A recent survey conducted by the José Simeón Cañas Central American University (UCA) suggests that 70% of those polled are not in favor of El Salvador’s law.
The survey was carried out on 1,281 random citizens of the Central American country just 5 days before the controversial Bitcoin law is scheduled to be passed.
According to the poll, 7 out of 10 El Salvadorans would like lawmakers to nullify the Bitcoin legislation that will make the digital currency legal tender on September 7. Furthermore, 2 out of 10 of those surveyed expressed distrust for the digital asset, while 43% of Salvadorans polled believe that the country’s economy will worsen with the legalization. Only 17% of the respondents were optimistic that the Bitcoin Law will have a positive impact on the nation’s economy.
Meanwhile, the Principal of the University for Social Change Andreu Oliva opined that “what stands out is the misinformation the population has regarding Bitcoin.”
The survey revealed that there was little interest in the government’s Chivo crypto wallet; even though citizens are entitled to $30 worth of Bitcoin after they download the wallet. Only a meager 5.5% indicated interest, while 65% pointed out that they were not interested in using the wallet.
A staggering 96% of Salvadorans voted that it should be voluntary when asked if the use of Bitcoin should be mandatory or voluntary.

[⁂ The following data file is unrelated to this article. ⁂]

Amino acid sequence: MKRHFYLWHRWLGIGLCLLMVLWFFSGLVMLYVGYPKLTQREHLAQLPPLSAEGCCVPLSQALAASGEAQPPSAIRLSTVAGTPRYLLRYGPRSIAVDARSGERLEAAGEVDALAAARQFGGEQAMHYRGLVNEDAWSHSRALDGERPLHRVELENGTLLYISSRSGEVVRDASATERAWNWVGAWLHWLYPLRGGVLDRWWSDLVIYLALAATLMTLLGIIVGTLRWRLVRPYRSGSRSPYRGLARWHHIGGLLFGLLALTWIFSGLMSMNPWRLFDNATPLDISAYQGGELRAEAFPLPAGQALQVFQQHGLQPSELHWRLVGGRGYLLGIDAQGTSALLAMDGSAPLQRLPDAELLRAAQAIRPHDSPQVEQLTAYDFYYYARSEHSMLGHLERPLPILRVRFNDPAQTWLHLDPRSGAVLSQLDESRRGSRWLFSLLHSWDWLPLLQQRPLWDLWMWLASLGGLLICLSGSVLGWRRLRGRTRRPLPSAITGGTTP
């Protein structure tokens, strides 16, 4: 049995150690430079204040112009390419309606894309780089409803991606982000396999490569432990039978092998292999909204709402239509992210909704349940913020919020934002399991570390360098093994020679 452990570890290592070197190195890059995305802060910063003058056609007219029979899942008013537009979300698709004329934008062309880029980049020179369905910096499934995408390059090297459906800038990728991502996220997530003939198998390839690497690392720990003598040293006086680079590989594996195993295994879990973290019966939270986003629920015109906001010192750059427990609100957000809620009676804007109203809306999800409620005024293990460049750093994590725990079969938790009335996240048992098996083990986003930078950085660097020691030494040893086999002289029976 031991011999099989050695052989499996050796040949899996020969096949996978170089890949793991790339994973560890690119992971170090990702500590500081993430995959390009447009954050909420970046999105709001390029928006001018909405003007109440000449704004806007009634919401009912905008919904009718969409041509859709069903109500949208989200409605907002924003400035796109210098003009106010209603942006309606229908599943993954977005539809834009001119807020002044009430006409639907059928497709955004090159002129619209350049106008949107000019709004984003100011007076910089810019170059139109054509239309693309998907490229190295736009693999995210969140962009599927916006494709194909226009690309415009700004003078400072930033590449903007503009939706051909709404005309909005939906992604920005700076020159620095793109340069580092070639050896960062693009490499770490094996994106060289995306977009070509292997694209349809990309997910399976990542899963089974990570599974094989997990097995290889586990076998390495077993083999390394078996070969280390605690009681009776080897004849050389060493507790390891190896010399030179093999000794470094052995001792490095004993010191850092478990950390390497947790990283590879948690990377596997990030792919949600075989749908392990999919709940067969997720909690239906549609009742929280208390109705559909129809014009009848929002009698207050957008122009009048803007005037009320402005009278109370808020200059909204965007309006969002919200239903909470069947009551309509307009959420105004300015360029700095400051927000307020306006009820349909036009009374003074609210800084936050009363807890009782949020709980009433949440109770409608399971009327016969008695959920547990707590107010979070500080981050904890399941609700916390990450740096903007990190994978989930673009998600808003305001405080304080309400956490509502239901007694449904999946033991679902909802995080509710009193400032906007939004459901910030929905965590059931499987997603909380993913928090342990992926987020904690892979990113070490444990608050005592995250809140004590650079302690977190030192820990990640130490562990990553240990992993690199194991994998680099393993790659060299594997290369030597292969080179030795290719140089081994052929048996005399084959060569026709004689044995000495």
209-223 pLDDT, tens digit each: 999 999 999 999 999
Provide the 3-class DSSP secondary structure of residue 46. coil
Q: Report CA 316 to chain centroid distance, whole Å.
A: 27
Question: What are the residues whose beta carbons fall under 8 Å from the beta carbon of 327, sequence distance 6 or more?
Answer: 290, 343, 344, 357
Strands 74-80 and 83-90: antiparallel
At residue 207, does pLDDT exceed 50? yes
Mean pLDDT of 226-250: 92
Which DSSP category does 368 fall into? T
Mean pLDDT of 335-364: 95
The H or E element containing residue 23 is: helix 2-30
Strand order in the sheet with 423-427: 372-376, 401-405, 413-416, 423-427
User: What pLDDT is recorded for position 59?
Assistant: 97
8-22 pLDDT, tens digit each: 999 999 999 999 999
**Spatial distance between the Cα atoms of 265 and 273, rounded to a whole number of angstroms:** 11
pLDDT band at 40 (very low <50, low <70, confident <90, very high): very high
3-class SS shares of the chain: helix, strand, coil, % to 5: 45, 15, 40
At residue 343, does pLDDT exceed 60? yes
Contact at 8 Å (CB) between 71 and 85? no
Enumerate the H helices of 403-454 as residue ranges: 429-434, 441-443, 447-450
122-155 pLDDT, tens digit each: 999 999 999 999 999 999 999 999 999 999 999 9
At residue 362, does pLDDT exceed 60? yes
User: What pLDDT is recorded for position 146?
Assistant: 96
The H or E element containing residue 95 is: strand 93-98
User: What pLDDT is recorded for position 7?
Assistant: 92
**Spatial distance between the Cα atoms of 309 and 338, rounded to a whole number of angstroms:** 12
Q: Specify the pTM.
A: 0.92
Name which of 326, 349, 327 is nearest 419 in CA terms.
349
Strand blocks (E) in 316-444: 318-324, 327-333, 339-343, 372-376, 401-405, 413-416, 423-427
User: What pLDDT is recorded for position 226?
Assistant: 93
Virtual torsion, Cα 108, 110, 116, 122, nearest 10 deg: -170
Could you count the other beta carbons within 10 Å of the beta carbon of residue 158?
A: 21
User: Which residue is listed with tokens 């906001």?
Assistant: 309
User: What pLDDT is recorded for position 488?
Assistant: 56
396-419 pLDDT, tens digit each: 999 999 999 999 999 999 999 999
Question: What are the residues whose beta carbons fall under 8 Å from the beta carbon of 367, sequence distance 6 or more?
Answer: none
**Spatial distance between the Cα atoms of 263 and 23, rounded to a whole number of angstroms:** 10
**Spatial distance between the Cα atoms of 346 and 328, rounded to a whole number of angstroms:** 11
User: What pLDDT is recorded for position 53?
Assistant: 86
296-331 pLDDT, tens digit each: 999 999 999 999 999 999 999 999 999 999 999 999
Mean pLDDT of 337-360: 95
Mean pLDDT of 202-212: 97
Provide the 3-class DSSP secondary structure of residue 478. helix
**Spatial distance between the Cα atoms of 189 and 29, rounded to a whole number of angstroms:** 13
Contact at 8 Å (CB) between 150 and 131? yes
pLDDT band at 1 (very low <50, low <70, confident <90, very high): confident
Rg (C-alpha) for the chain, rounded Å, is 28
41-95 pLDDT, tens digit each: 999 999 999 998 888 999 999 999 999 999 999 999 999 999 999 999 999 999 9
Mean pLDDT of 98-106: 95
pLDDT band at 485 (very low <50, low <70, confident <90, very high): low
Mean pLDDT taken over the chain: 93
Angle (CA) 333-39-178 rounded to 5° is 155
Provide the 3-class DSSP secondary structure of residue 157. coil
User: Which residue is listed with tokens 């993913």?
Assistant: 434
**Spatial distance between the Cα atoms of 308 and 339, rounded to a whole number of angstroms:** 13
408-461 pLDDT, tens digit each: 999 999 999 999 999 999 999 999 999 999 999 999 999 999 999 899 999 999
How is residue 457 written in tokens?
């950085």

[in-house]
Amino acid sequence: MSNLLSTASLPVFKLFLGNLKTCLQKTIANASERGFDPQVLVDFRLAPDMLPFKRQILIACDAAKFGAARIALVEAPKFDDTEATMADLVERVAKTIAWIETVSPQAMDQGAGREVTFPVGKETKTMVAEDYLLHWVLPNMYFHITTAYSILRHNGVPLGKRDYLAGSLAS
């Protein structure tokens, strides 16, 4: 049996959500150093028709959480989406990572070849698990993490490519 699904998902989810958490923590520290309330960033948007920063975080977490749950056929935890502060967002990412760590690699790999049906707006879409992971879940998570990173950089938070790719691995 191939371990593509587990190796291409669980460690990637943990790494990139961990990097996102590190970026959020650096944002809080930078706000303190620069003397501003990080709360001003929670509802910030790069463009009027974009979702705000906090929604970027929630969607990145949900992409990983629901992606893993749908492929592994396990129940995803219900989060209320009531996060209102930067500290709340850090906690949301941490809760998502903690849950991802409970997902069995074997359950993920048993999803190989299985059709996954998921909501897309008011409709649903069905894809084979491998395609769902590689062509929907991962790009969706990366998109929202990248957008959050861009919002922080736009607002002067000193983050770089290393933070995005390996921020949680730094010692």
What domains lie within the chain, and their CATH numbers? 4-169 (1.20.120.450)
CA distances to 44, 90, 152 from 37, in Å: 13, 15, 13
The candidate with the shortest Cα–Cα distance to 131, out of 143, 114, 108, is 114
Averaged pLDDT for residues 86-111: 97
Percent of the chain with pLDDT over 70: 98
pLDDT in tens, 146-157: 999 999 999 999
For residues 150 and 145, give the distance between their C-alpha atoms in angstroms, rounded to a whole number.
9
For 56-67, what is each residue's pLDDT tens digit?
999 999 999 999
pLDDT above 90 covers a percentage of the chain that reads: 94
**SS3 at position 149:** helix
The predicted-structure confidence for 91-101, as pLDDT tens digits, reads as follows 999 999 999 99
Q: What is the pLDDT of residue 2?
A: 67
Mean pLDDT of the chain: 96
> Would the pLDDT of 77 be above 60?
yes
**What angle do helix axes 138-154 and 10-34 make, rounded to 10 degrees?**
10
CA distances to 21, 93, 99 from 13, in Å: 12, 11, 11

The Secretary of the Union of Judicial Employees, Stanley Quinteros, declared that the law will not be beneficial to the people, he said;
We believe that the implementation of this law, which involves more than $203 million, could have strengthened other entities such as security, health, and education. This law, instead of benefiting the Salvadoran people, will bring economic damage.
It is worth noting that the poll, which was carried out on 1,281 people between August 13 and 20, is not an accurate yardstick to reflect the opinion of the entire 6.5 million population of the Central American nation.
In other news, the International Monetary Fund (IMF) frowned at the country’s move to make Bitcoin legal tender, noting that the decision “raises a number of macroeconomic, financial and legal issues that require very careful analysis.”
BTC PEERS also reported that the World Bank cited several issues surrounding Bitcoin’s environmental impact and transparency as reasons why it will not lend a helping hand to El Salvador Bitcoin adoption.
More recently, anti-Bitcoin protesters flooded the streets of El Salvador to protest against the decision.
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